Churches Opposed to Gay Marriage Would Be Protected from IRS Under Proposed House Republican Bill

A visitor takes a picture of the Internal Revenue Service building in Washington, May 14, 2013. Senate Republican leader Mitch McConnell called on President Barack Obama on Tuesday to make available for questioning everyone who knew about the Internal Revenue Service's targeting of conservative groups, and demanded "no more stonewalling." | (Photo: Reuters/Jonathan Ernst)

A bill introduced to protect churches and religious organizations from IRS and other federal punishment may be gaining steam according to lawmakers; however, only one Democrat currently co-sponsors the religious freedom bill.

Congressman Raul Labrador (R-Idaho), a co-founder of the conservative Freedom Caucus, is pushing support for the "First Amendment Defense Act" (H.R. 2802) that is designed to protect same-sex marriage dissenting religious churches and organizations from possible IRS penalties and persecution.

While America's "first freedom" is no longer a foregone conclusion in today's cultural climate and new understandings of sexual rights, the "First Amendment Defense Act" would only affect the federal government and is not binding on the states. Conservative lawmakers are hopeful that the legislation will set an example for states currently persecuting citizens for dissenting from participation in same-sex wedding ceremonies.

Writing in the Independent Journal Review last week, Michael Needham and Ryan T. Anderson urge passage of the legislation if Americans want a continuation of religious freedom. They also note, "It's a sad state of affairs that this guarantee needs to be spelled out in legislation, but here we are."

According to The Hill, nearly 50 Republicans signed on to the legislation just last week but Labrador has clashed with more moderate and "mainstream" Republican leaders in the past. Leadership has retaliated against some House conservatives by stripping them of committee assignments and blocking their legislation from the floor. House Speaker John Boehner, R-Ohio, has yet to weigh in on the bill designed to protect religious liberty.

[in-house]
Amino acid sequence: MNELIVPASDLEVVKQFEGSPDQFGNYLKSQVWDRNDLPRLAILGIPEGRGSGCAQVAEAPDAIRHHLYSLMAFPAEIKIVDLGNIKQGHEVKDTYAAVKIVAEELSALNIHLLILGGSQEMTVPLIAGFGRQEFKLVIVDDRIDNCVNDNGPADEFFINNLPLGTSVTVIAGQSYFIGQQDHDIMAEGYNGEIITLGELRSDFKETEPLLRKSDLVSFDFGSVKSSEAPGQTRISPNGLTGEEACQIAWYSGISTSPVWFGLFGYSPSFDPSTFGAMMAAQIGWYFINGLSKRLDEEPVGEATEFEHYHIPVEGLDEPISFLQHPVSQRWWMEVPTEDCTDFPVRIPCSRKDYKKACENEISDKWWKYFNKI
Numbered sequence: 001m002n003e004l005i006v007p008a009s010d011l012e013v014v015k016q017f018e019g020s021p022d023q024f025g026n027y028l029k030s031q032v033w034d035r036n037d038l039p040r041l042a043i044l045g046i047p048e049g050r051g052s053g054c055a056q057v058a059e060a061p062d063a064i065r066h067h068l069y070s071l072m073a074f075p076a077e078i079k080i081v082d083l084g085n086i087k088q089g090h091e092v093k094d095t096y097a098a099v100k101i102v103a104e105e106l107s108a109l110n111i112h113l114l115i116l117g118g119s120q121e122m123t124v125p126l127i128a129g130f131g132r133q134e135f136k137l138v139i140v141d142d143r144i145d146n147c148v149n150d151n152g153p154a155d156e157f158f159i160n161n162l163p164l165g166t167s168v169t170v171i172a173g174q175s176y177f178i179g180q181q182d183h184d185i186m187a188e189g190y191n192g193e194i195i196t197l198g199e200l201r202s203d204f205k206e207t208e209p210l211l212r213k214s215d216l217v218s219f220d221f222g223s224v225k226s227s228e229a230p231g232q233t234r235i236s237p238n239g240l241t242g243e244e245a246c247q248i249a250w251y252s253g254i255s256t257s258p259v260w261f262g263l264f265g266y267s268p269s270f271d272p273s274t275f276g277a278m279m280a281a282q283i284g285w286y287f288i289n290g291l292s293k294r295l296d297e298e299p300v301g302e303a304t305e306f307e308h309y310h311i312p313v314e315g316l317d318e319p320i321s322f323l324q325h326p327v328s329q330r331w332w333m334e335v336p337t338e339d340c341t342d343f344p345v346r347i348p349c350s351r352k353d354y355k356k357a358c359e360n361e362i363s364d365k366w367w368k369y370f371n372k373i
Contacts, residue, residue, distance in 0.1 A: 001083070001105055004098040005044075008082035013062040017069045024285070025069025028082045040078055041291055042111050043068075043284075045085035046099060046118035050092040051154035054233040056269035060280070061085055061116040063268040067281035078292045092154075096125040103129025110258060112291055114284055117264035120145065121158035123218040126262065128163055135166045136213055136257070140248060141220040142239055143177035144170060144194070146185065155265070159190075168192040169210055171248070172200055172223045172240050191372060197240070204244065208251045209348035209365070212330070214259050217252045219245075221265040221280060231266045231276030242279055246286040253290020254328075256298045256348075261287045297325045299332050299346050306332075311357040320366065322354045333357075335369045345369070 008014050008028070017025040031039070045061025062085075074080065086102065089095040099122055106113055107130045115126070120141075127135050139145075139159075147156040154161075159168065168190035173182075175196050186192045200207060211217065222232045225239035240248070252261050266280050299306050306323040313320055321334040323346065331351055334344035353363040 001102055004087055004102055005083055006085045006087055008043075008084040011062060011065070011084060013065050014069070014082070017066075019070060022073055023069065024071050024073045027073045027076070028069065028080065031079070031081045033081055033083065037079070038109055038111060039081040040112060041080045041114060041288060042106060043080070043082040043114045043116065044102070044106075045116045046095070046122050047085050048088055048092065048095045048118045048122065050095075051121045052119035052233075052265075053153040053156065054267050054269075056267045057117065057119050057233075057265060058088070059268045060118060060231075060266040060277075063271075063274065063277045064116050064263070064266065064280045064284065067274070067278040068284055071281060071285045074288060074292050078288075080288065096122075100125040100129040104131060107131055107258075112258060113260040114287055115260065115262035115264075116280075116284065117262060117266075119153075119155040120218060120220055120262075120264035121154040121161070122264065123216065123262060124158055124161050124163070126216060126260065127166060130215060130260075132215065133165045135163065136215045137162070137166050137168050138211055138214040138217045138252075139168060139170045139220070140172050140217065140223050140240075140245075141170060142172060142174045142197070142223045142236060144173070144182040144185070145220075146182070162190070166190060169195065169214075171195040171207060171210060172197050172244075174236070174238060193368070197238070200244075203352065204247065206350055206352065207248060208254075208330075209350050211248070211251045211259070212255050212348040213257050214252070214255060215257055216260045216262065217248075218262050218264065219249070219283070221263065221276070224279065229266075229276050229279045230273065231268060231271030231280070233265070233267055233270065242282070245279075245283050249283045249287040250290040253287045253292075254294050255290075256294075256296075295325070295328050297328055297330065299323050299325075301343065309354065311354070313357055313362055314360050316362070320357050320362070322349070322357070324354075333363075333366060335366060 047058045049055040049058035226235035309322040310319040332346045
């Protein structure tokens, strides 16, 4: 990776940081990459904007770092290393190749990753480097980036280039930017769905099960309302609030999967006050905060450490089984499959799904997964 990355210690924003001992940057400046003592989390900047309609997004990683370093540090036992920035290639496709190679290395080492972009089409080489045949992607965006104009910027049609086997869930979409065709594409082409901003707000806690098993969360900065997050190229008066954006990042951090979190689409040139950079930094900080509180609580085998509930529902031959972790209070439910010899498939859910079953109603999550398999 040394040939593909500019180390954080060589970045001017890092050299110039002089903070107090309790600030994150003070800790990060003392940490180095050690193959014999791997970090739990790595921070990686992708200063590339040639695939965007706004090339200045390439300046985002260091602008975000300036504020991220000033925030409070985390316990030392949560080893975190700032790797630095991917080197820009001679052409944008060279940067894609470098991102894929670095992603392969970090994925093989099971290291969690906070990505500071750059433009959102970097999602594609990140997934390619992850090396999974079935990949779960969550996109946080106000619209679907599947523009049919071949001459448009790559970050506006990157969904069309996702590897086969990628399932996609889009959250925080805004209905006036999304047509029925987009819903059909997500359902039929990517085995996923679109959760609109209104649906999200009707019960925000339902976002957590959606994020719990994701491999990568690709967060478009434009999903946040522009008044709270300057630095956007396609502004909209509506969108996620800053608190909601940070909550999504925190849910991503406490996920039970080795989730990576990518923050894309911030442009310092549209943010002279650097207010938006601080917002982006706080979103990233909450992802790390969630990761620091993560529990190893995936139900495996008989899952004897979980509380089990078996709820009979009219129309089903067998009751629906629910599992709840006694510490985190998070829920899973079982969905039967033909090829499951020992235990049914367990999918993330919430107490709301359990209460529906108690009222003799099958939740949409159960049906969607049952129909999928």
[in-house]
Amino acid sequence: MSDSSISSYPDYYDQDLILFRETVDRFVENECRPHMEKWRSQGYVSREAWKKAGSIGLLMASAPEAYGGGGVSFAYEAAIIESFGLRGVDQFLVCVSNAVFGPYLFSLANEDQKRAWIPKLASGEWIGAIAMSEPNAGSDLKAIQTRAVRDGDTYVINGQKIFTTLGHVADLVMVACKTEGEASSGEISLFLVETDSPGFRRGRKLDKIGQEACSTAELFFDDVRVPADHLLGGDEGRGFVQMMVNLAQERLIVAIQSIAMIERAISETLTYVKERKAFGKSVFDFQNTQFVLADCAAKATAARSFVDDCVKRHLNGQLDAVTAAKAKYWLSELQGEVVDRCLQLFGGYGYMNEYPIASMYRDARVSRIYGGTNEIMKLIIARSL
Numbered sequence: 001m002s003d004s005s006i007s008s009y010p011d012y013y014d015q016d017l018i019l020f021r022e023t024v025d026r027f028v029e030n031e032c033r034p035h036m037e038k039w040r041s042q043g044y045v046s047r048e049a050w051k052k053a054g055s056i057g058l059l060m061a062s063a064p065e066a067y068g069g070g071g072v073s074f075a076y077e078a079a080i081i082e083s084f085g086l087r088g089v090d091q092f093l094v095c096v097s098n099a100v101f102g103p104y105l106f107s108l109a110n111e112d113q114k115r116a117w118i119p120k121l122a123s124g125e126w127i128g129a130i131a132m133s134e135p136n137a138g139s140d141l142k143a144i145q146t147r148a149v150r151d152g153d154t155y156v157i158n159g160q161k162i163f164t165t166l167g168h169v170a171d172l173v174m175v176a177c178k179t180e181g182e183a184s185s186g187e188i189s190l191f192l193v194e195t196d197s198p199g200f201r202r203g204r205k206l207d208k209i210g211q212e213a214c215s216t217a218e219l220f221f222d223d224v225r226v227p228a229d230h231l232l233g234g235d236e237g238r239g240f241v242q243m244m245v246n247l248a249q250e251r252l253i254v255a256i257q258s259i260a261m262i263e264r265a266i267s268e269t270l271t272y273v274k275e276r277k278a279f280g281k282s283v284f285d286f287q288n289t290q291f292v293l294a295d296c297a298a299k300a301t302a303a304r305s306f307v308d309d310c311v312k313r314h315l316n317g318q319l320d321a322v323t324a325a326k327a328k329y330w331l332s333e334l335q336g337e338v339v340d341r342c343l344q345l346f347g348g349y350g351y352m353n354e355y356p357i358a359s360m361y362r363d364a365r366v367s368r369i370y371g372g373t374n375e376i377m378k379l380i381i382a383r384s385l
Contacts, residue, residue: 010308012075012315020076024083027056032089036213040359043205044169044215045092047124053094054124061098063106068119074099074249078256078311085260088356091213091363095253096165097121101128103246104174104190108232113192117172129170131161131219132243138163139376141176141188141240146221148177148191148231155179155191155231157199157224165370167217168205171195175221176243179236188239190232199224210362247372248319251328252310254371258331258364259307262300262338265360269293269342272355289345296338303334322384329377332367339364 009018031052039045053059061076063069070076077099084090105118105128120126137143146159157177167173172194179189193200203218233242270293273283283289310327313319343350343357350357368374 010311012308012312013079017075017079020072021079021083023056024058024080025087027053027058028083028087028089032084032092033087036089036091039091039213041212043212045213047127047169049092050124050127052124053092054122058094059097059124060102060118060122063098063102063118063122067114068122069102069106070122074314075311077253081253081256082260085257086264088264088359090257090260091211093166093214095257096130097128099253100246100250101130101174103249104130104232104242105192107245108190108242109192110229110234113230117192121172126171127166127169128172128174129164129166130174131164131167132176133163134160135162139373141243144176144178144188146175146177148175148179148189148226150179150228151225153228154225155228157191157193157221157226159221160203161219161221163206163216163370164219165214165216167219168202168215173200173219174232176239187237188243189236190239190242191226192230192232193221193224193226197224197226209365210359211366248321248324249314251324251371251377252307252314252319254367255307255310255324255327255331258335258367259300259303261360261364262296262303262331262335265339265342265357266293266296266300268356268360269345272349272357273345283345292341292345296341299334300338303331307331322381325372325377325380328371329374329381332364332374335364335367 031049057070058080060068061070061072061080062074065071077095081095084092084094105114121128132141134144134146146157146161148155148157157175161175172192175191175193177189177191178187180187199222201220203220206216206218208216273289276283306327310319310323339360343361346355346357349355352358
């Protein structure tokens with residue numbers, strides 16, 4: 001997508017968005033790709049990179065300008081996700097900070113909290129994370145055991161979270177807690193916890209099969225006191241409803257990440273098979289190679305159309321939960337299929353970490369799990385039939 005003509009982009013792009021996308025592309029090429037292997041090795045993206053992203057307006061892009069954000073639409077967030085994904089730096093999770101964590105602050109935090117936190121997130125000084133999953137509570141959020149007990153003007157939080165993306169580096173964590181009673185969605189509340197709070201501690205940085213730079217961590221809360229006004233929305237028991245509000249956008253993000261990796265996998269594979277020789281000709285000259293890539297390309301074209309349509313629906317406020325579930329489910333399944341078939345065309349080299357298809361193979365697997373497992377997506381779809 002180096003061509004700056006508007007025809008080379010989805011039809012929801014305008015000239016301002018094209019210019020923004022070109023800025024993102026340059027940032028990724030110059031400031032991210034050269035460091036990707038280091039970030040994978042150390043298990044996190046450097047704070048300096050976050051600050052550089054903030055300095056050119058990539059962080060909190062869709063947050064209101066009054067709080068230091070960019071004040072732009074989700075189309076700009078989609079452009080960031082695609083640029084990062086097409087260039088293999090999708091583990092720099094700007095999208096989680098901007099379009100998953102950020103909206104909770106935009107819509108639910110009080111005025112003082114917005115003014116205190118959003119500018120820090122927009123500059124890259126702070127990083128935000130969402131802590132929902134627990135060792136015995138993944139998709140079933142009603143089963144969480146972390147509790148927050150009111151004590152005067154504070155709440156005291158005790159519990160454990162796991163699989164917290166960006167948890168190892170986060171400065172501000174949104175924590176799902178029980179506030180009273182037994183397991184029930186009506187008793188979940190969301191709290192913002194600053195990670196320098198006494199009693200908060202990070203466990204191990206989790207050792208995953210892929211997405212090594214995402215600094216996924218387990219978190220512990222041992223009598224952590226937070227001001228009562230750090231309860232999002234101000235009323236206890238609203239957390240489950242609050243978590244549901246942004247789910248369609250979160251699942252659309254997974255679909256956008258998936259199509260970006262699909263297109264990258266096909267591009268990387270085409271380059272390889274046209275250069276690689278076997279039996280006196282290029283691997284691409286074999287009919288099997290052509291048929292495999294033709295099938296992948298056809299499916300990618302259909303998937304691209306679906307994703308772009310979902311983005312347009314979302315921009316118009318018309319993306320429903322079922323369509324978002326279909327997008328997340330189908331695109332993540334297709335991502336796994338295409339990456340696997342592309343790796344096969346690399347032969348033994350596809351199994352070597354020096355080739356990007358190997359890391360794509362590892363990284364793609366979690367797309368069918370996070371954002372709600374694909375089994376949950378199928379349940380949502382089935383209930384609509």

In the House, the bill has been referred to the Oversight and Government Reform Committee as well as Ways and Means. However, Labrador is confident and taking the word of the GOP leadership that they won't stand in the way of the legislation. Currently the legislation now has over 100 GOP co-sponsors and has the endorsement of Steve Scalise, R-La., current Majority Whip in the House.

Rep. Roger Williams, R-Texas, told The Hill that he believes the bill "should stand on its merits, and I believe the bill has its merits."

Senator Mike Lee, R-Utah, defended the bill to NPR last week claiming the legislation is "especially important" when it comes to religious freedom and the "bill is aimed at prohibiting" that. Lee is fighting for the bill's support in the U.S. Senate.

Rep. Barry Loudermilk, R-Ga., signed on as a co-sponsor to the legislation and a statement released by his office declared, "The First Amendment Defense Act is an anti-government bullying bill that protects all Americans from the government punishing and persecuting them for following their religious convictions.

"Whether you agree or disagree with same-sex marriage is not the issue," declared Rep. Loudermilk. "What is at stake is whether we remain a nation that protects an individuals' right of conscience, or force all people to conform to a common belief system, dictated by the hand of government."

According to The Hill, Illinois Rep. Dan Lipinski is the only House Democrat who has signed on to co-sponsor the legislation, meaning Labrador has to weigh heavily on House Republicans to pass the measure.

Labrador, who previously challenged Majority Leader Kevin McCarthy, R-Calif., for his position in the House, is also beholden to McCarthy, who controls the schedule for floor votes in the House. The Freedom Caucus in the U.S. House has about 40 members and has often been at odds with Republican leadership, especially on budget issues.

President Obama himself has said as recently as last month that "Americans of goodwill continue to hold a wide range of views on this issue," and he reiterated support for "different viewpoints" and "our deep commitment to religious freedom."

Some Democrat lawmakers in Congress have said they can't support the legislation, claiming it will discriminate against gay citizens. It is uncertain if the president would be willing to buck powerful gay rights activists and allies to sign the bill into law if it passes.

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